US Comes Under Pressure at Climate Talks
By David Fogarty and Timothy Gardner
MONTREAL (Reuters) – The European Union and host Canada piled pressure on the United States on Wednesday to join an international pact to curb greenhouse gas emissions and limit the predicted chaos from global warming.
Environment ministers from more than 90 countries sought to break a deadlock over how to launch talks that entice the United States and big developing nations such as India and China to join a system that limits greenhouse gases.
“We will continue to talk to our American partners and remind them of their commitments,” European Environment Commissioner Stavros Dimas told reporters.
He said U.S. President George W. Bush agreed at a summit of eight leading industrial nations in July and at a U.N. summit in September to advance global discussions in Montreal on long-term cooperation to curb climate change.
But Bush’s representative at the talks in Montreal, Harlan Watson, has rejected joining any new round of global discussions, saying such talks would inevitably lead to new targets and timetables for emissions curbs that Bush rejects.
“There is absolutely no excuse for any more delay in action,” Canadian Prime Minister Paul Martin told a separate news conference.
“To the reluctant countries, including the United States, I say this; there is such a thing as a global conscience and this is the time to listen to it,” he said. “Above all, now is the time for action.”
The United States is the source of a quarter of all greenhouse gases produced from burning fossil fuels.
French President Jacques Chirac told the ministers to be bold.
“We must now prepare ourselves to go much further,” he said in a pre-taped address from Paris, referring to cutting emissions of carbon dioxide, methane and other greenhouse gases widely blamed for global warming.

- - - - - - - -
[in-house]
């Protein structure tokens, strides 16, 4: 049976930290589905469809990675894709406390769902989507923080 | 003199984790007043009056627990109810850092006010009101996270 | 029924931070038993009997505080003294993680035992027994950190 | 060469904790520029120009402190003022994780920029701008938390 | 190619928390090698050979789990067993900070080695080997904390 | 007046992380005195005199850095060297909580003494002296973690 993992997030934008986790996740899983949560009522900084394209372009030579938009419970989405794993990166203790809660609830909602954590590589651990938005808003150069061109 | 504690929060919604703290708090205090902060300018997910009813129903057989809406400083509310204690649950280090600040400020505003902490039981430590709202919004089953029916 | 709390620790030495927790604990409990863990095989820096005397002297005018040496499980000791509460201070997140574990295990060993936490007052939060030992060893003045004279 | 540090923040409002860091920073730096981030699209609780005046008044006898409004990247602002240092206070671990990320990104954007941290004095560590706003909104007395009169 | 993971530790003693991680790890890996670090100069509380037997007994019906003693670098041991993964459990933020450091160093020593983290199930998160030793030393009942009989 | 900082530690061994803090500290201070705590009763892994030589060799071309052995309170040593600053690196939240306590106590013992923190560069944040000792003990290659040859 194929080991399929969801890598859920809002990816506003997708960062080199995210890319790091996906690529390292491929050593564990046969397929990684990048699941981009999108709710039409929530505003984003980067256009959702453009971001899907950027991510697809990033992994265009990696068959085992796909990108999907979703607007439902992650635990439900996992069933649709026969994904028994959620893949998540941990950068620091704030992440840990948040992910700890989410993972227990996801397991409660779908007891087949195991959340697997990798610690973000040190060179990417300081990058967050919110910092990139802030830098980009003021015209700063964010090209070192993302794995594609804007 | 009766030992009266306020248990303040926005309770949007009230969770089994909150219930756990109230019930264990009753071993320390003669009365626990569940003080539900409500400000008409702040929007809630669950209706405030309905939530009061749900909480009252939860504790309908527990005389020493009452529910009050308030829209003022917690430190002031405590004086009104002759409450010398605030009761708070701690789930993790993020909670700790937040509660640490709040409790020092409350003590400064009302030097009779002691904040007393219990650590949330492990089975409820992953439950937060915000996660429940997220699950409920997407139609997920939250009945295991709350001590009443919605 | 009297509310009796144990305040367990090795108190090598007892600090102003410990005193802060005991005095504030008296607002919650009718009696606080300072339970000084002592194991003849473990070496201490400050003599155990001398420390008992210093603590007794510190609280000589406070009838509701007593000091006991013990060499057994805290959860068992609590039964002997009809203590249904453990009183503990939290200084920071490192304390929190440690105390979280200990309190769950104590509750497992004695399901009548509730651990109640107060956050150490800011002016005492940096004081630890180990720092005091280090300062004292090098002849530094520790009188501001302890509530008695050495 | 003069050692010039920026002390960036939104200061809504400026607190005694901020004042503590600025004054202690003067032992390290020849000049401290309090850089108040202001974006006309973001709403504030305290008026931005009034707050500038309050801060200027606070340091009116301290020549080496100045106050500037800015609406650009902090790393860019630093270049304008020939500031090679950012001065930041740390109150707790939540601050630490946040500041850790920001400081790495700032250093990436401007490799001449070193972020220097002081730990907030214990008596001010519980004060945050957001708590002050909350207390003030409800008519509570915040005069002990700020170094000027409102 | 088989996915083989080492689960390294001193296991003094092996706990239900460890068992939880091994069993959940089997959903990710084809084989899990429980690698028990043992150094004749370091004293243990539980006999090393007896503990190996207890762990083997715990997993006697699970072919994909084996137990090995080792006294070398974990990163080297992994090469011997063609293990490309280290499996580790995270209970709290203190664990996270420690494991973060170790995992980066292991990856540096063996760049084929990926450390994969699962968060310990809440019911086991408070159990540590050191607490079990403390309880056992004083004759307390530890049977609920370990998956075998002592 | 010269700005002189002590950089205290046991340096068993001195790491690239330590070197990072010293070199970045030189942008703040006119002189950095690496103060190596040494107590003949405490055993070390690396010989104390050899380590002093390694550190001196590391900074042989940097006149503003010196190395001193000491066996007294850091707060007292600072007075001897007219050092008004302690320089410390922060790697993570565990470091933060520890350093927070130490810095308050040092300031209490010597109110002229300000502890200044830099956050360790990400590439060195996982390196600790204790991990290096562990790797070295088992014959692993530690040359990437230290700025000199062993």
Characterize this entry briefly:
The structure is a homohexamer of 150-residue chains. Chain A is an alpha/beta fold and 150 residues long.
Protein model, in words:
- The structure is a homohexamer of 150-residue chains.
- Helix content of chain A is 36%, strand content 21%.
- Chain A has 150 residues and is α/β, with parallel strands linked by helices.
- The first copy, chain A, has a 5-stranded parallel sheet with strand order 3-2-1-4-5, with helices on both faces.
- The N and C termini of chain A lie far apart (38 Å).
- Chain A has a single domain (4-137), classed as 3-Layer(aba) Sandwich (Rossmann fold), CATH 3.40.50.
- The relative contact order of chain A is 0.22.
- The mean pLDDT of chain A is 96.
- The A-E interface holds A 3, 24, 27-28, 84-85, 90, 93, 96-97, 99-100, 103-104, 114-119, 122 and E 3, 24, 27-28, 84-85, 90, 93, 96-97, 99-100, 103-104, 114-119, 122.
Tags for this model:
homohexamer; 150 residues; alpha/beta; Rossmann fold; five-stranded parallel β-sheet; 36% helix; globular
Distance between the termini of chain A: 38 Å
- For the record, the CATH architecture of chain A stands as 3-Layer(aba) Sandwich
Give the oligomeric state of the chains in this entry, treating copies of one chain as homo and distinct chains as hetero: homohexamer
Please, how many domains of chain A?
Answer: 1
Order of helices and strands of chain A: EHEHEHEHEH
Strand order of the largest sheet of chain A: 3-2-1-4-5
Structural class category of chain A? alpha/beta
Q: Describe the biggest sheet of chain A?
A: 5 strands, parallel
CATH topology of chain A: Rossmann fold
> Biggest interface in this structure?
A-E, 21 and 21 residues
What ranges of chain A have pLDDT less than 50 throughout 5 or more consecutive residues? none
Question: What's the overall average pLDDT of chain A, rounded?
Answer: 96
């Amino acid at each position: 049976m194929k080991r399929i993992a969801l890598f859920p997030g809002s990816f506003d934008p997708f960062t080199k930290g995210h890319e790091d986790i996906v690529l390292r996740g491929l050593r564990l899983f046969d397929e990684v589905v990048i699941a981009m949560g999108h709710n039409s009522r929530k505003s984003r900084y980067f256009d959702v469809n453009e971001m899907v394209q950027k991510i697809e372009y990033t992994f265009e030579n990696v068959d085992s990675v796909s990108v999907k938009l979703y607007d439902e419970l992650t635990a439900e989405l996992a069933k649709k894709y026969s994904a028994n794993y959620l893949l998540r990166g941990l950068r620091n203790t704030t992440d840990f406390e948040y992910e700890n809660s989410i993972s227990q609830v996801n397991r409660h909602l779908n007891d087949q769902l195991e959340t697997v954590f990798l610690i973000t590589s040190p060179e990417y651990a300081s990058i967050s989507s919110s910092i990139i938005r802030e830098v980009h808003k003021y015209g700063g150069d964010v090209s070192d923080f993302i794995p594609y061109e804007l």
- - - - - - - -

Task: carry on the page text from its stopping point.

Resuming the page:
Delegates to the November 28-December 9 talks have made little progress in agreeing on the shape of the next phase of the U.N. Kyoto Protocol climate change pact, which caps emissions and has been rejected by Washington and Australia.
Kyoto’s first phase, which runs from 2008 to 2012, only covers about 40 wealthy developed nations. Many countries and green groups say the pact will only be effective if all nations, and particularly the biggest polluters, are on board.
But doing so means a huge economic shift for many countries and particularly for rapidly growing developing nations, who say cleaning up could limit growth. Rich nations should be taking the lead, developing nations say.
“This is the most significant economic negotiations the world has embarked on, potentially,” said one senior Western government official, who did not want to be identified.
On Tuesday, host Canada circulated a draft proposal that sets out a two-year process for discussing long-term measures to tackle climate change, including promoting greener technology, carbon trading and adaptation.
Some environmentalists say this proposal is a timid step but agreement on it would be positive, given the deadlock.
“I don’t think it amounts to very much, but if the United States can sign up to that then it will move the process forward,” said Catherine Pearce, climate campaigner for Friends of the Earth.
Most scientists say a build-up of heat-trapping gases from fossil fuels burned in power plants, factories and cars is warming the Earth and could herald catastrophic changes such as a rise in sea levels spurred by melting icecaps.
About 160 members have ratified the Kyoto Protocol, which binds about 40 industrial nations to cut greenhouse gas emissions by 5.2 percent below 1990 levels by 2008-12. But many of these countries are way above their targets at the moment.
Environmentalists are urging rich nations to forget Washington and instead focus on plans for new cuts beyond 2012, saying the time for dithering was over.
(Additional reporting by Alister Doyle and Mary Milliken)